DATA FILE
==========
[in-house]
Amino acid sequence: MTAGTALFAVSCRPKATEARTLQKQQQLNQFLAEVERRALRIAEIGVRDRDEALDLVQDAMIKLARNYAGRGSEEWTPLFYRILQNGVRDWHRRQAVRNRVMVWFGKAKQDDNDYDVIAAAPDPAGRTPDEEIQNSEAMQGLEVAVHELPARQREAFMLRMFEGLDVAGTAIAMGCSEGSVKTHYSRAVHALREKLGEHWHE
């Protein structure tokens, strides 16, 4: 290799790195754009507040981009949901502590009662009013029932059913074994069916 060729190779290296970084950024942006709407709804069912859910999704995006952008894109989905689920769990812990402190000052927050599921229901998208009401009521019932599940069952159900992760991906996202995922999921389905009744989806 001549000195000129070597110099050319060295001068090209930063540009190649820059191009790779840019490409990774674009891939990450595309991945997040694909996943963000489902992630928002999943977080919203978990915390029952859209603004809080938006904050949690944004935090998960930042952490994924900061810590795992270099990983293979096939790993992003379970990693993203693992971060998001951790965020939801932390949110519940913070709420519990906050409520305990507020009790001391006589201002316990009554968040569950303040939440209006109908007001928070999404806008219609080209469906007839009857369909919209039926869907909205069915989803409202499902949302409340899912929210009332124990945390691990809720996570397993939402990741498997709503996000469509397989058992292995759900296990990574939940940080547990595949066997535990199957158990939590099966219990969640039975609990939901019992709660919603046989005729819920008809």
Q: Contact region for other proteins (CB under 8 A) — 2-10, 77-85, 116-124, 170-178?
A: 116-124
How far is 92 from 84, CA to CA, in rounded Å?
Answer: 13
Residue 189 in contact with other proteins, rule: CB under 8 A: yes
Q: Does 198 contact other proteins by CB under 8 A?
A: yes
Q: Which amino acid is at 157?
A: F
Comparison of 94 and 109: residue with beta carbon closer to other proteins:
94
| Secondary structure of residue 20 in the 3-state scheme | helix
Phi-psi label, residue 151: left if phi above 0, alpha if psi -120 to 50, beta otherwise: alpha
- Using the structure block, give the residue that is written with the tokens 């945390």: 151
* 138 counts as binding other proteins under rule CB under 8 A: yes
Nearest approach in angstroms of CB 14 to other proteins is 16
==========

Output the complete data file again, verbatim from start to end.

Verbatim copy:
[in-house]
Amino acid sequence: MTAGTALFAVSCRPKATEARTLQKQQQLNQFLAEVERRALRIAEIGVRDRDEALDLVQDAMIKLARNYAGRGSEEWTPLFYRILQNGVRDWHRRQAVRNRVMVWFGKAKQDDNDYDVIAAAPDPAGRTPDEEIQNSEAMQGLEVAVHELPARQREAFMLRMFEGLDVAGTAIAMGCSEGSVKTHYSRAVHALREKLGEHWHE
């Protein structure tokens, strides 16, 4: 290799790195754009507040981009949901502590009662009013029932059913074994069916 060729190779290296970084950024942006709407709804069912859910999704995006952008894109989905689920769990812990402190000052927050599921229901998208009401009521019932599940069952159900992760991906996202995922999921389905009744989806 001549000195000129070597110099050319060295001068090209930063540009190649820059191009790779840019490409990774674009891939990450595309991945997040694909996943963000489902992630928002999943977080919203978990915390029952859209603004809080938006904050949690944004935090998960930042952490994924900061810590795992270099990983293979096939790993992003379970990693993203693992971060998001951790965020939801932390949110519940913070709420519990906050409520305990507020009790001391006589201002316990009554968040569950303040939440209006109908007001928070999404806008219609080209469906007839009857369909919209039926869907909205069915989803409202499902949302409340899912929210009332124990945390691990809720996570397993939402990741498997709503996000469509397989058992292995759900296990990574939940940080547990595949066997535990199957158990939590099966219990969640039975609990939901019992709660919603046989005729819920008809």
Q: Contact region for other proteins (CB under 8 A) — 2-10, 77-85, 116-124, 170-178?
A: 116-124
How far is 92 from 84, CA to CA, in rounded Å?
Answer: 13
Residue 189 in contact with other proteins, rule: CB under 8 A: yes
Q: Does 198 contact other proteins by CB under 8 A?
A: yes
Q: Which amino acid is at 157?
A: F
Comparison of 94 and 109: residue with beta carbon closer to other proteins:
94
| Secondary structure of residue 20 in the 3-state scheme | helix
Phi-psi label, residue 151: left if phi above 0, alpha if psi -120 to 50, beta otherwise: alpha
- Using the structure block, give the residue that is written with the tokens 């945390």: 151
* 138 counts as binding other proteins under rule CB under 8 A: yes
Nearest approach in angstroms of CB 14 to other proteins is 16